What makes the tour pro’s great?
I’m sure if you tried to answer and someone was nearby to actually hear you, you’d answer with a list of attributes. The one attribute that I am interested in is preparedness.
How to do you prepare to golf? We can break that down even further. How do you mentally prepare to golf? How do you physically prepare to golf? Don’t answer.
I am a fan of the Golf Channel as probably most of you are that read this. They have a show called, On the Range. The show is basically a color commentary of teachers in the studio watching on a large screen how tour pro’s practice prior to the start of a tournament.
I find myself saying-I do that. I do that too. Wait, what was that? I am going to try that.. I think when we physically prepare for a round we emulate what we see or how we were taught.
If we have time…
Many of us are working stiffs. We try to fit golf in around things in our life whether it be work or family. That means that most of the time we hustle to the course. Change our shoes in the parking lot. Pay. Meet our foursome on the first tee. Take a couple of practice swings with a couple of irons to loosen up. Tee it up and off we go. Is it any coincidence that our back nine scores are usually better than our front nine? (A personal side note: my brother is the only human being that can step out of his car and stripe it down the fairway. A solid 260. It kills me everytime I see it.)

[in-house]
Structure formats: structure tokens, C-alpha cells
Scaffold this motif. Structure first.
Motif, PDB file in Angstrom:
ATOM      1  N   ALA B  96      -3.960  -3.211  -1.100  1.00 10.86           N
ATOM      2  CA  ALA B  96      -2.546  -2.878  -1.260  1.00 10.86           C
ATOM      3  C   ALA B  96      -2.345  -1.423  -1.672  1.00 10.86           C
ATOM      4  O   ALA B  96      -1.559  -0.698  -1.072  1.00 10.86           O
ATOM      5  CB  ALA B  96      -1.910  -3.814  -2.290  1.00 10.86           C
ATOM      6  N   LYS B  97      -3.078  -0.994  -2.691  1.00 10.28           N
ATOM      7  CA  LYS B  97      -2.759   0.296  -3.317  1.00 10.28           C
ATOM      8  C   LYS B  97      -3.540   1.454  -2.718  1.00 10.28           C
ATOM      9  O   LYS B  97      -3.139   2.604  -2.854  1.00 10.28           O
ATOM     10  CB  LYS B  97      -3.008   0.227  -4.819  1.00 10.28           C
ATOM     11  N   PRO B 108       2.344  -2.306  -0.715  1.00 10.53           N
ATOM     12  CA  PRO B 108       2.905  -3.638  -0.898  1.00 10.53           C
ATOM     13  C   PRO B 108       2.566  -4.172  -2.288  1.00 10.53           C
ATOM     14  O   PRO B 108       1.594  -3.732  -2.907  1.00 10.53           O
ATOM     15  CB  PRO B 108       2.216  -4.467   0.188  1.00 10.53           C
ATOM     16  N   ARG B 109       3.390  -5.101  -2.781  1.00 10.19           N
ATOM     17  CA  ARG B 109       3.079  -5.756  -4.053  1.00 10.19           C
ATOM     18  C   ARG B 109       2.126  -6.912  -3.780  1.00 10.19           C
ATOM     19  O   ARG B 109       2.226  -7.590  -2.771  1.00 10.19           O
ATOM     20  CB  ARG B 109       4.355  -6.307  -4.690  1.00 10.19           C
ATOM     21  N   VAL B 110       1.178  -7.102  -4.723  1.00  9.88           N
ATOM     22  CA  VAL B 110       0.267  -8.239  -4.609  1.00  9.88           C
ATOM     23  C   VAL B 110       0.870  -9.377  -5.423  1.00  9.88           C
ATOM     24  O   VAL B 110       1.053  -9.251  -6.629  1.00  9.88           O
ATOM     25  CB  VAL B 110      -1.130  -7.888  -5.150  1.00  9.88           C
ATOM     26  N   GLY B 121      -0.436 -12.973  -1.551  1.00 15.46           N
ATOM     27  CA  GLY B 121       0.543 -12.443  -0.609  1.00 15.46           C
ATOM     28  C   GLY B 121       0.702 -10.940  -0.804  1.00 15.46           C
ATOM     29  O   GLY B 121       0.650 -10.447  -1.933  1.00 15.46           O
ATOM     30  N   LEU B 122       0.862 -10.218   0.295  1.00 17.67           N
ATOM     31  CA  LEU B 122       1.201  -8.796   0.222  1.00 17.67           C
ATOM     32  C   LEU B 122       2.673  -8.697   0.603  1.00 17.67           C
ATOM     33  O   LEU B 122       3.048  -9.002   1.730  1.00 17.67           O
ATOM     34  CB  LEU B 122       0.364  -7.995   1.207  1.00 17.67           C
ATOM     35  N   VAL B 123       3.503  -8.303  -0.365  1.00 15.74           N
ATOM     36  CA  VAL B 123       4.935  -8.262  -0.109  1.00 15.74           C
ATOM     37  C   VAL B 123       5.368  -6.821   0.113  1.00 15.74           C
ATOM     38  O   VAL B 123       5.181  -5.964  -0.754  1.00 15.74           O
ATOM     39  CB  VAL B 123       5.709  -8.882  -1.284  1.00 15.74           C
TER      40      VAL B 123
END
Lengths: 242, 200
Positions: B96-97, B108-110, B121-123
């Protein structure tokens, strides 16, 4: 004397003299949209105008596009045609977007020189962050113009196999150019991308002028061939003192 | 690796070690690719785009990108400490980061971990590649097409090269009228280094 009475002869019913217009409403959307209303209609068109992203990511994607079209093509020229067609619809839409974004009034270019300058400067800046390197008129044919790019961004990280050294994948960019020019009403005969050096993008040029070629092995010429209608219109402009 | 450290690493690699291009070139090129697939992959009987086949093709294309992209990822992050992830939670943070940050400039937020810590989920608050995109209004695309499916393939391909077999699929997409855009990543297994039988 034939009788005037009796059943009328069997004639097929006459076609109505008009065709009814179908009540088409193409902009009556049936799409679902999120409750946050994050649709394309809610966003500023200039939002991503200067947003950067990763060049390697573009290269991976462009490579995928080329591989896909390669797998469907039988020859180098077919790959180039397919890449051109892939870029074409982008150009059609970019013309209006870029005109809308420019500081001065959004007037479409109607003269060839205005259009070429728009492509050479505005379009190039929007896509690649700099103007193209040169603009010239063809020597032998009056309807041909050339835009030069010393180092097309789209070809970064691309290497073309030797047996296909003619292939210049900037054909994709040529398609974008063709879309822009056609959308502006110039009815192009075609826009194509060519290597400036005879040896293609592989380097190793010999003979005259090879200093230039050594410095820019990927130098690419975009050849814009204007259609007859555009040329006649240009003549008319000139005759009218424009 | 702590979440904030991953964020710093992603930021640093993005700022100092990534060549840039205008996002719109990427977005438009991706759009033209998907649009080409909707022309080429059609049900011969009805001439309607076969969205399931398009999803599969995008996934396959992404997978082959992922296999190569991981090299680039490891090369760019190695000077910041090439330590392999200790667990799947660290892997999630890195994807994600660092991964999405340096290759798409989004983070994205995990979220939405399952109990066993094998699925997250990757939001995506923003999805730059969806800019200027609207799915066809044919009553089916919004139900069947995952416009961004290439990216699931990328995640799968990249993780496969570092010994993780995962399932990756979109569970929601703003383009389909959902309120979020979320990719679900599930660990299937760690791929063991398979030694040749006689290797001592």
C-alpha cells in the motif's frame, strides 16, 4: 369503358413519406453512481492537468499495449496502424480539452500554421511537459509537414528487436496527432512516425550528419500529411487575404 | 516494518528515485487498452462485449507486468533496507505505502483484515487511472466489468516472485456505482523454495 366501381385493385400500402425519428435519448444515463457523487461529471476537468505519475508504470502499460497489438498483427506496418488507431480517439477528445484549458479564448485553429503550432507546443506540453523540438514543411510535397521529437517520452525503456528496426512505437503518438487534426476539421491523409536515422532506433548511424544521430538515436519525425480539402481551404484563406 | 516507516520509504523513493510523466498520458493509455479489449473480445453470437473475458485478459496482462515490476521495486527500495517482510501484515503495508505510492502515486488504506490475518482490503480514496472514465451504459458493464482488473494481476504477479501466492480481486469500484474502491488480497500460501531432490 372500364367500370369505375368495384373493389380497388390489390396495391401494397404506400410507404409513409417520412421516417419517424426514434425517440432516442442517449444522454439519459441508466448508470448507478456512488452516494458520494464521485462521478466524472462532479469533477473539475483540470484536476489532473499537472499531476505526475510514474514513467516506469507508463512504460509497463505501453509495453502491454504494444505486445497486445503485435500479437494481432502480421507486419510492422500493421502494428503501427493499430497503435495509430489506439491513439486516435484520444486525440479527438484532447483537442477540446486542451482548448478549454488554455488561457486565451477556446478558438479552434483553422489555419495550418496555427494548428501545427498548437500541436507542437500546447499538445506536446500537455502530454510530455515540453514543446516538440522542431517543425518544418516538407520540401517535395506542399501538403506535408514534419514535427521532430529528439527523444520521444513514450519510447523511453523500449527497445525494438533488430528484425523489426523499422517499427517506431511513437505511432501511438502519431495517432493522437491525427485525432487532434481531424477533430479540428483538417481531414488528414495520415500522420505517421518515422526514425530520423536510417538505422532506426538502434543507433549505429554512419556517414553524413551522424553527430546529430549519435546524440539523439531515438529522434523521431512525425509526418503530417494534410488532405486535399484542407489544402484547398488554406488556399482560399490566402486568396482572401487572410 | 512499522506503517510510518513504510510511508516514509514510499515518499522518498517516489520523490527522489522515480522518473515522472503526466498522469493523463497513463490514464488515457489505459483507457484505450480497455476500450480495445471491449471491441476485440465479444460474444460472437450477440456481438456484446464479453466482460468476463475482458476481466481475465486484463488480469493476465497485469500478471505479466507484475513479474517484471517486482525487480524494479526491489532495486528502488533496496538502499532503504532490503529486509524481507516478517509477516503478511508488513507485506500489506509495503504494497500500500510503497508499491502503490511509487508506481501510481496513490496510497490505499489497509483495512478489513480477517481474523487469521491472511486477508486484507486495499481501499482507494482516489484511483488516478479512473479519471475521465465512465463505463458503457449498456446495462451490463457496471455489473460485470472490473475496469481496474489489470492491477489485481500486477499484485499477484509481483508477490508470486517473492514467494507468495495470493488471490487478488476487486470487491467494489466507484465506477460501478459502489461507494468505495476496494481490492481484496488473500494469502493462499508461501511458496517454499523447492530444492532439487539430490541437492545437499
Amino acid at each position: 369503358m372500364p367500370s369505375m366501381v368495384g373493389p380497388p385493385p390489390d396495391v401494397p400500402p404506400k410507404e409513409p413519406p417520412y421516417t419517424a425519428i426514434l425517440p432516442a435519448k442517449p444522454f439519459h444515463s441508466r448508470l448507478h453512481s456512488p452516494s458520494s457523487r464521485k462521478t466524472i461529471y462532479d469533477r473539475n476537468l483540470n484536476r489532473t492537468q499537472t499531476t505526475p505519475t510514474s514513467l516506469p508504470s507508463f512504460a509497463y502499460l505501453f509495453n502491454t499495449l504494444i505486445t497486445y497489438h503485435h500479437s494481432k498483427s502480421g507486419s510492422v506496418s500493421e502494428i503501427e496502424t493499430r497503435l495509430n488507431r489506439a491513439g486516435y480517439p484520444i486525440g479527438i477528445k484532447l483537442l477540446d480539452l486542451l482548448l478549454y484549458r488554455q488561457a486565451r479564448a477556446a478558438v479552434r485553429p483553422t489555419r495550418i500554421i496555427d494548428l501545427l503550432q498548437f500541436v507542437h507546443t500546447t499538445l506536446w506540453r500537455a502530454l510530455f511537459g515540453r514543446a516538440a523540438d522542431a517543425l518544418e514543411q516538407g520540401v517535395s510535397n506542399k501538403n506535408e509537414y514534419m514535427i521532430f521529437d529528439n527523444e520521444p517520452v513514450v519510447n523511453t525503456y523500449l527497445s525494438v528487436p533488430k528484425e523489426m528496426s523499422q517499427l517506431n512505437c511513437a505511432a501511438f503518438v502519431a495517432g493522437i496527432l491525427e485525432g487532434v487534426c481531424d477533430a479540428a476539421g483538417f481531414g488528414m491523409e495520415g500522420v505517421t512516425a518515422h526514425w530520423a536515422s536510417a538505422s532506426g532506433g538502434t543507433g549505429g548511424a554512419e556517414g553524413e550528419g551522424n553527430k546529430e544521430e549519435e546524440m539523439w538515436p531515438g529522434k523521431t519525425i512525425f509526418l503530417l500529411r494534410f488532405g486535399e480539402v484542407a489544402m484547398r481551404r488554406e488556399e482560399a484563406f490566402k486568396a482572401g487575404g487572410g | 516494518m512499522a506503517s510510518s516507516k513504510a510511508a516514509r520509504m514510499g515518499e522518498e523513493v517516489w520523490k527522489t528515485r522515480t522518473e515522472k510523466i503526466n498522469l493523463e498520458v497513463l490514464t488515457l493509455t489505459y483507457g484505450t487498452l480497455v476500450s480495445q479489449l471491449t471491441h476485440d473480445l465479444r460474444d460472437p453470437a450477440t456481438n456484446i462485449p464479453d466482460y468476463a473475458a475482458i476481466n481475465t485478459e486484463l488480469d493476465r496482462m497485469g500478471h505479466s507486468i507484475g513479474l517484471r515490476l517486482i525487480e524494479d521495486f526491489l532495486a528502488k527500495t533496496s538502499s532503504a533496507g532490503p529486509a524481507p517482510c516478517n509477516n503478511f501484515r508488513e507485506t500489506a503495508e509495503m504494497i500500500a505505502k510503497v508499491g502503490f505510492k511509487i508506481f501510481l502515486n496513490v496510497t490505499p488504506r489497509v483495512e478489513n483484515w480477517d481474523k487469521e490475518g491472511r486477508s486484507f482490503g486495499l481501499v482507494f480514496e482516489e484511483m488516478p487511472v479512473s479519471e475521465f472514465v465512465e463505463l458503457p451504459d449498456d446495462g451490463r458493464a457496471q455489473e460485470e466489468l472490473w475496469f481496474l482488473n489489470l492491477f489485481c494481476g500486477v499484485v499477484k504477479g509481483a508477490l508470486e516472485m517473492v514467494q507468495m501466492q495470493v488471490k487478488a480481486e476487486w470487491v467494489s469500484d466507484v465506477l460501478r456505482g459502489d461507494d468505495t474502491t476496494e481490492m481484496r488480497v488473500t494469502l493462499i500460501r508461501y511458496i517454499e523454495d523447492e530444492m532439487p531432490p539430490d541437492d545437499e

Let’s look at the other side of this. What if you did have time to prepare? What would you do? Why? Many of us on the range start with a wedge and work our way to the driver. Then we head to the practice green (which is probably where we should start and stay-but that”s just me) But, why? Has it been successful for you? As I write this, I am reminded of Tom Watson. He starts with a long iron. He’s pretty good from what I heard.
The bottom line is that what separates us from tour pro’s is obviously talent but time-on-task and preparedness are close behind. We don’t have the talent. We don’t have the time.
We don’t have to make a living at it either.
The mental and the physical go hand-in-hand in any sport. With golf, though, it seems to be magnified. When you approach the first tee before you even hit a ball whether you’ve warmed up or not, what are you thinking about? Are your thoughts positive or negative?
Has your inner voice said the following:
● Just get it in the fairway
● Don’t go left
● Don’t go right
● Don’t shank it
● Man, there are a lot people watching me right now
● 240 to carry the water
I would classify these thought as primarily negative in that they are telling your mind what not to do which in turn your body does (I know it’s weird but many sports psychologists say this).
I think whether you have time to physically warm up or not, your mental approach can have a tremendous effect on your game. Instead of the above negative thoughts, maybe you should try repeating certain swing keys (that what I do). I also heard that some tour pro’s sing to themselves to develop a rhythm. Try it but, please, don’t tell me what you are singing.
Either way, the best way to mentally prepare for a round before you even strike the ball is to keep thoughts simple, focused and positive. Stay in the moment. Don’t let yourself slip and say the following:
If I can just get off to a good start, I will probably have a chance to break (insert your number here).
Each shot counts whether it is on the range or on the first tee. I think that’s the way tour pro’s think. Each time they swing the club and strike a ball, it has a purpose.
What is your purpose when you mentally or physically prepare for a round?
Keep it simple, in the present and positive.
Mike Fay Golf Staff Writer
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